He warmed up , set to make start number 597 of his 21 year career. Underneath a sky that was taunting them with its grayness, threatening to unleash the rain it was holding back and delay the inevitable once again, an unspecified number of people settled into their seats. The stadium was largely vacant, and vast amounts of unfilled seats would be the majority of witnesses to what could be a historical feat. Many of the few who did make the pilgramage to the stadium were not there to see the inept Nationals, but rather to see the lanky, surly, 45 year old starter of the opposing Giants.
As Randy Johnson sat on the bench while the Giants batted in the top of the first I wonder if his career was flashing before his eyes before the crescendo that was about to take place. Did he think of his first start in Montreal 21 years earlier, when he struggled with his command, or his years on the Mariners playing with young Ken Griffey Jr and Alex Rodriguez. Did he think of his five Cy Young awards, or the World Series, or his perfect game, or the time he struck out 20 batters in a game. Or was he just wanting to get it over with.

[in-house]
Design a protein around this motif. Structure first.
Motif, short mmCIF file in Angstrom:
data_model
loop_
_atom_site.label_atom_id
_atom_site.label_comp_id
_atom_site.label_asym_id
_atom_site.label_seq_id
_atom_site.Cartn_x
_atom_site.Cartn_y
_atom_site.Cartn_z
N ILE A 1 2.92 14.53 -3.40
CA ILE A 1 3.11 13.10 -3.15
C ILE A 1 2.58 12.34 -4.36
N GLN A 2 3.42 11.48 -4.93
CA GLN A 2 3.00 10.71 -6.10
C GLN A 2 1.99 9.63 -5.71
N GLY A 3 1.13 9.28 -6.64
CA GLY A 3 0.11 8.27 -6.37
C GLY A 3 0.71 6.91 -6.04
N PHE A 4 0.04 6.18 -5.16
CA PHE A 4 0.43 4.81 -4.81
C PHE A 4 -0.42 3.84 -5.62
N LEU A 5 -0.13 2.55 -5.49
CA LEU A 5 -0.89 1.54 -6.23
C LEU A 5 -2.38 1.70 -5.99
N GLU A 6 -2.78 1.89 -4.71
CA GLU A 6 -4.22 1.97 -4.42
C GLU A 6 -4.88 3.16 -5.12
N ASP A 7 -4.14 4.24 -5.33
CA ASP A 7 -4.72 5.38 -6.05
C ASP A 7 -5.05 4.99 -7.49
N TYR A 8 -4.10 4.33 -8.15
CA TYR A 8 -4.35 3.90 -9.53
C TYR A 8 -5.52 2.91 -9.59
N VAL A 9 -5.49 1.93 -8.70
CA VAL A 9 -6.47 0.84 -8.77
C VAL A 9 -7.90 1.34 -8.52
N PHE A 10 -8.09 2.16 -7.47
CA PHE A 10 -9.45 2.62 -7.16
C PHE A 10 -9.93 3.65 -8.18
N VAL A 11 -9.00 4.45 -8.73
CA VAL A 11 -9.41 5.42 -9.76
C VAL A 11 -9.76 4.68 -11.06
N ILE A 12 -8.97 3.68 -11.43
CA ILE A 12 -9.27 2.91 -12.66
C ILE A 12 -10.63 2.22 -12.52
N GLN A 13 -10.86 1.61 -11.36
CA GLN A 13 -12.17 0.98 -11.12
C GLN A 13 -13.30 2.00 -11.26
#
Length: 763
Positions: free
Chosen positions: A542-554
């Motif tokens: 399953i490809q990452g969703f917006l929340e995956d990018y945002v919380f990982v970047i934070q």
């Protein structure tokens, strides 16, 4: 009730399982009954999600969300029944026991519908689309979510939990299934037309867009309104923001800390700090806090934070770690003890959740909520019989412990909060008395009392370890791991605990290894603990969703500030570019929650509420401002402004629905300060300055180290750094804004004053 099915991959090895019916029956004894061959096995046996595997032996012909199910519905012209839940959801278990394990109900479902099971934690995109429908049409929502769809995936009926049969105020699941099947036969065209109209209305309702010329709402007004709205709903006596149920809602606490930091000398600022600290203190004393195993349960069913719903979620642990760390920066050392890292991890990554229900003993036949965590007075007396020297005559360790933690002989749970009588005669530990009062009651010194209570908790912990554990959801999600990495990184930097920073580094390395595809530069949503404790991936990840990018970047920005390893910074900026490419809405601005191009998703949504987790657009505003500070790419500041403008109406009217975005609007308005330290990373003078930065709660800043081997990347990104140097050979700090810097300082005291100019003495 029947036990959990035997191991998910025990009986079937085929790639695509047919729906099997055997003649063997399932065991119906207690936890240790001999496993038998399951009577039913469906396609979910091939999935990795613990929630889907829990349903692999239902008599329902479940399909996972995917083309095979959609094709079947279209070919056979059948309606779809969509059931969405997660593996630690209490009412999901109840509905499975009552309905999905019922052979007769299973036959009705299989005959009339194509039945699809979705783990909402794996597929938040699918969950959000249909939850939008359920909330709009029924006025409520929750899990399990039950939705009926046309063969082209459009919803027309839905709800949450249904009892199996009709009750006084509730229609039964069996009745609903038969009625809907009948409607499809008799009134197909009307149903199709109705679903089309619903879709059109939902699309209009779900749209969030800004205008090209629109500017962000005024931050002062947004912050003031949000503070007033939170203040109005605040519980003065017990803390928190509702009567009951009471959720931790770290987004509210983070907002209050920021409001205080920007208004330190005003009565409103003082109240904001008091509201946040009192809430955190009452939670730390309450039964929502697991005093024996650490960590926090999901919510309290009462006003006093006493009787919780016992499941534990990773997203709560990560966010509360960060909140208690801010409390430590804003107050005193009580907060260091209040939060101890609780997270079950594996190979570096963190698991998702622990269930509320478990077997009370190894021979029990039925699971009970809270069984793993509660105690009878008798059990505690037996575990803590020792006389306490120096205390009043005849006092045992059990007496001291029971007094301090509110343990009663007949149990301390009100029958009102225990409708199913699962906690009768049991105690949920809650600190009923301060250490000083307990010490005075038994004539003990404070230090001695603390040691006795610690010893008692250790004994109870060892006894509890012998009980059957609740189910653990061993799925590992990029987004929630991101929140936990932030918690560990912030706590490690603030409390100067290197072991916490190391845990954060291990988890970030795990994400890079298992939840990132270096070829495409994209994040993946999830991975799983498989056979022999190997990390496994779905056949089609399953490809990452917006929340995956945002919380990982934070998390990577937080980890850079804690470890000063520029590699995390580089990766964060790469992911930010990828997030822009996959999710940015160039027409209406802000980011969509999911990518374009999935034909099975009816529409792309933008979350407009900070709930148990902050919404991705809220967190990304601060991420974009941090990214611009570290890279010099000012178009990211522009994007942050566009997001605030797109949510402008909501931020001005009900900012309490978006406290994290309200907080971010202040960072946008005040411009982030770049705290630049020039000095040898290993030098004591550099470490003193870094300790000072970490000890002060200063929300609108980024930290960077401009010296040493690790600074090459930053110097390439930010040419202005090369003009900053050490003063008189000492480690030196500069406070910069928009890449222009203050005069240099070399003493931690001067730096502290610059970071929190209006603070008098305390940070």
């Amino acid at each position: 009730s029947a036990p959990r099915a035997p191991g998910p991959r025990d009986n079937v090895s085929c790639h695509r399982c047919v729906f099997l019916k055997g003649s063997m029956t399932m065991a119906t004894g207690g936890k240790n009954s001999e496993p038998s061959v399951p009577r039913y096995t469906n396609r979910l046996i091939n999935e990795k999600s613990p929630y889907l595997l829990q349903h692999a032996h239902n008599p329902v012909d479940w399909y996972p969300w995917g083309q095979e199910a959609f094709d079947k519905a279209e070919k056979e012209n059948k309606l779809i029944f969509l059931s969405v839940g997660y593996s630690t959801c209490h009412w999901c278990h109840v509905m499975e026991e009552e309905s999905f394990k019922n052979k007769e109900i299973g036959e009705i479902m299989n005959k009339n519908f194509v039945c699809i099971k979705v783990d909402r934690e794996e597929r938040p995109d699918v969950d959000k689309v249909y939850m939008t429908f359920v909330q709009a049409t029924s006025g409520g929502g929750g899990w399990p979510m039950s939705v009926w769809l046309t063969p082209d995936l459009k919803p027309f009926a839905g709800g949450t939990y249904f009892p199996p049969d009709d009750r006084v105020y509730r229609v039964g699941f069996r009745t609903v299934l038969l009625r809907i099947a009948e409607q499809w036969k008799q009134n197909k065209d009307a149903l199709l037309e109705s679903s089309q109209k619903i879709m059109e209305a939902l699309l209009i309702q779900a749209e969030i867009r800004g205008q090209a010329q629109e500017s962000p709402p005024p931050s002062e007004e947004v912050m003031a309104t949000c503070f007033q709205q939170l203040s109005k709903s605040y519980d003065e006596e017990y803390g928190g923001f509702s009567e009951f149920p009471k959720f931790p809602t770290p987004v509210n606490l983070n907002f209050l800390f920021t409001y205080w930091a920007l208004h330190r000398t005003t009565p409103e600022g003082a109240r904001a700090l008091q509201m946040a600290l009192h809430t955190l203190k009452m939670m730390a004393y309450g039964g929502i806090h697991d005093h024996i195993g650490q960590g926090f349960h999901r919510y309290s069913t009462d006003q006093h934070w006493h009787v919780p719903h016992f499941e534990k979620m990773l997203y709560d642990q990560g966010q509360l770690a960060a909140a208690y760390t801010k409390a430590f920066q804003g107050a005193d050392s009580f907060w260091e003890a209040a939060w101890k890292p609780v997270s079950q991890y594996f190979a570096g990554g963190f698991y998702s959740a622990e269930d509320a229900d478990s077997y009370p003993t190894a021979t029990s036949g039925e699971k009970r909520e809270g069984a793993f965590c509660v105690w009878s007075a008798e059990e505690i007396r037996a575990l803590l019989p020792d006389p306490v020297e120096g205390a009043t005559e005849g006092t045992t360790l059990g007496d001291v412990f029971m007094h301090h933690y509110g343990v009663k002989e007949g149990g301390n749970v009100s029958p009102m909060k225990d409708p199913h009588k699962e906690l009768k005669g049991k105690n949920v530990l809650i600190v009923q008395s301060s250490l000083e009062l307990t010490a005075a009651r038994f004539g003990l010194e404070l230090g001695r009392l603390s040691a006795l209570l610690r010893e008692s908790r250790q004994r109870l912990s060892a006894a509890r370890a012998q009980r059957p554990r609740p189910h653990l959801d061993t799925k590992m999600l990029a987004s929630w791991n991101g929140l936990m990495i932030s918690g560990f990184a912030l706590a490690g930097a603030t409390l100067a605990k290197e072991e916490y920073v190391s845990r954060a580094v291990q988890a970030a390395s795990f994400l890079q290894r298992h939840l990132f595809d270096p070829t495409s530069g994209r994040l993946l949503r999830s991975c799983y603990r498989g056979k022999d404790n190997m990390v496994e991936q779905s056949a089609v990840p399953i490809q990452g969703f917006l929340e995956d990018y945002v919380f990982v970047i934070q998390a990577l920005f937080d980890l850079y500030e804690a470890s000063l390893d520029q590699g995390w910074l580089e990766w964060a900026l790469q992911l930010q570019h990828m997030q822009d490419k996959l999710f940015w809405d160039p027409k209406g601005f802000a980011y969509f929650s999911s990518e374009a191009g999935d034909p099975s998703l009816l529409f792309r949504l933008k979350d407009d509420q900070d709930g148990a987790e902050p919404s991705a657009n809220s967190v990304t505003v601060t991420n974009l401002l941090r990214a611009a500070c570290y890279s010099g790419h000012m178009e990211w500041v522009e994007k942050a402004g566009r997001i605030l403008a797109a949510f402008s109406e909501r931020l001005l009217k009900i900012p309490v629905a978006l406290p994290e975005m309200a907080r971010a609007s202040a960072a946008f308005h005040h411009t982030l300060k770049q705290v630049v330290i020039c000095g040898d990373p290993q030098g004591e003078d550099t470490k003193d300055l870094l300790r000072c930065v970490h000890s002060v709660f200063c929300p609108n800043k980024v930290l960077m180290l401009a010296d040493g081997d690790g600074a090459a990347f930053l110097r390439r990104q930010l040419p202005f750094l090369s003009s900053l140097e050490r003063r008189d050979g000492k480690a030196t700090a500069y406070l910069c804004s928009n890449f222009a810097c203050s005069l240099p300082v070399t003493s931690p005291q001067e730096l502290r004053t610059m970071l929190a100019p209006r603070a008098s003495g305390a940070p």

I'm sure that this was not how he envisioned getting win number 300; Against a last place team under a dreary sky, playing for a team that he had only been with for three months which was once his rival, and with the stadium largely empty. It almost didn't happen. His team only provided two runs, and in the eighth inning, with the bases loaded the Nationals' best hitter had worked a full count on Giants closer Brian Johnson. Adam Dunn strikes out a lot, but rarely looking, so when a pitch that appeared low sailed into the catcher's mitt he began to turn his large frame toward first, thinking that the tying run had just been walked in. It was just then that the umpire bellowed strike three. He looked back with a questionning gaze on his face before heading to the dugout.
I would have liked to have seen that been called ball four. Not because I don't want Randy Johnson to get 300, but because I would have like to see him do it at Chase Field where he belongs. I would have liked to see him do it in front of what would most likely have been a sell out crown, in front of the fans that have shared so many of his great accomplishments. I would have liked to have seen 50,000 people give him the standing ovation that he deserves, and thank him for his many years of service to the Diamondbacks. Without Randy Johnson the Diamondbacks would have had an entirely different past.
When the Giants play the Diamondbacks on Tuesday I hope that the fans at Chase Field show him the respect that he deserves, I hope they put the ill feelings they might have behind and remember just what he has meant to this team and this city.